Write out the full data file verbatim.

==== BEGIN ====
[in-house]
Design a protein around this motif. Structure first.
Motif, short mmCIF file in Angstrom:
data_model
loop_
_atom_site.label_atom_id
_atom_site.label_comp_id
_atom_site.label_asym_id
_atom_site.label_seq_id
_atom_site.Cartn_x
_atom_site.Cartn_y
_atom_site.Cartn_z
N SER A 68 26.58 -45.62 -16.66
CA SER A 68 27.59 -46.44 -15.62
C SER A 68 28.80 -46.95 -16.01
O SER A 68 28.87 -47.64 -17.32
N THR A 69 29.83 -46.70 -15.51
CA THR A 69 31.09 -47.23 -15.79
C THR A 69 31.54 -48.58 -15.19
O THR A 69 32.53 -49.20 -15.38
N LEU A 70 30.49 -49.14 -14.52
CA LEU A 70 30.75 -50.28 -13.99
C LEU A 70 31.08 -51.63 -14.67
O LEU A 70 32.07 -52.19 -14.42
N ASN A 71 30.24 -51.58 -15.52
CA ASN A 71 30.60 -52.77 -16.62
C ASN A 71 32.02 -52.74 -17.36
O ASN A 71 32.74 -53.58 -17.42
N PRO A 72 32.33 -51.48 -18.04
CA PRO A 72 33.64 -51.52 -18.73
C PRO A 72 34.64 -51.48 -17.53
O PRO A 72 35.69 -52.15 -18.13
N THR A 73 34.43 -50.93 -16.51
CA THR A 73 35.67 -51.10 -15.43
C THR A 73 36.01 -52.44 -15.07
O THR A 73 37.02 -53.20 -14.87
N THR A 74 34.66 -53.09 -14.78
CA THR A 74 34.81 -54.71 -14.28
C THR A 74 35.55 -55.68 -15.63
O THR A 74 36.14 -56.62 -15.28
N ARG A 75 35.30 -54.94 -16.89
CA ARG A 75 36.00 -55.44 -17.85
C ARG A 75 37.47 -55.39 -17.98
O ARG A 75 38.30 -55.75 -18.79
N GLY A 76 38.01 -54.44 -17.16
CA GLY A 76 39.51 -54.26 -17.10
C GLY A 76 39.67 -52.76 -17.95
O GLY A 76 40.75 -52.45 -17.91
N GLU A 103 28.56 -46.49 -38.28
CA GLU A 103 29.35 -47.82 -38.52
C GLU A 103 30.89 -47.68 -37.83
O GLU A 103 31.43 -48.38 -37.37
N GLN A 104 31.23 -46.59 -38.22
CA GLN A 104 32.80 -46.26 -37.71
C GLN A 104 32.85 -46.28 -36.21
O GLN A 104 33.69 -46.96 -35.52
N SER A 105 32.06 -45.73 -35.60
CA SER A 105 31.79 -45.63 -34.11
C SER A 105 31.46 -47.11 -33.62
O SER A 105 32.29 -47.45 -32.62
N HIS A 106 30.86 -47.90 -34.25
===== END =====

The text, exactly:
[in-house]
Design a protein around this motif. Structure first.
Motif, short mmCIF file in Angstrom:
data_model
loop_
_atom_site.label_atom_id
_atom_site.label_comp_id
_atom_site.label_asym_id
_atom_site.label_seq_id
_atom_site.Cartn_x
_atom_site.Cartn_y
_atom_site.Cartn_z
N SER A 68 26.58 -45.62 -16.66
CA SER A 68 27.59 -46.44 -15.62
C SER A 68 28.80 -46.95 -16.01
O SER A 68 28.87 -47.64 -17.32
N THR A 69 29.83 -46.70 -15.51
CA THR A 69 31.09 -47.23 -15.79
C THR A 69 31.54 -48.58 -15.19
O THR A 69 32.53 -49.20 -15.38
N LEU A 70 30.49 -49.14 -14.52
CA LEU A 70 30.75 -50.28 -13.99
C LEU A 70 31.08 -51.63 -14.67
O LEU A 70 32.07 -52.19 -14.42
N ASN A 71 30.24 -51.58 -15.52
CA ASN A 71 30.60 -52.77 -16.62
C ASN A 71 32.02 -52.74 -17.36
O ASN A 71 32.74 -53.58 -17.42
N PRO A 72 32.33 -51.48 -18.04
CA PRO A 72 33.64 -51.52 -18.73
C PRO A 72 34.64 -51.48 -17.53
O PRO A 72 35.69 -52.15 -18.13
N THR A 73 34.43 -50.93 -16.51
CA THR A 73 35.67 -51.10 -15.43
C THR A 73 36.01 -52.44 -15.07
O THR A 73 37.02 -53.20 -14.87
N THR A 74 34.66 -53.09 -14.78
CA THR A 74 34.81 -54.71 -14.28
C THR A 74 35.55 -55.68 -15.63
O THR A 74 36.14 -56.62 -15.28
N ARG A 75 35.30 -54.94 -16.89
CA ARG A 75 36.00 -55.44 -17.85
C ARG A 75 37.47 -55.39 -17.98
O ARG A 75 38.30 -55.75 -18.79
N GLY A 76 38.01 -54.44 -17.16
CA GLY A 76 39.51 -54.26 -17.10
C GLY A 76 39.67 -52.76 -17.95
O GLY A 76 40.75 -52.45 -17.91
N GLU A 103 28.56 -46.49 -38.28
CA GLU A 103 29.35 -47.82 -38.52
C GLU A 103 30.89 -47.68 -37.83
O GLU A 103 31.43 -48.38 -37.37
N GLN A 104 31.23 -46.59 -38.22
CA GLN A 104 32.80 -46.26 -37.71
C GLN A 104 32.85 -46.28 -36.21
O GLN A 104 33.69 -46.96 -35.52
N SER A 105 32.06 -45.73 -35.60
CA SER A 105 31.79 -45.63 -34.11
C SER A 105 31.46 -47.11 -33.62
O SER A 105 32.29 -47.45 -32.62
N HIS A 106 30.86 -47.90 -34.25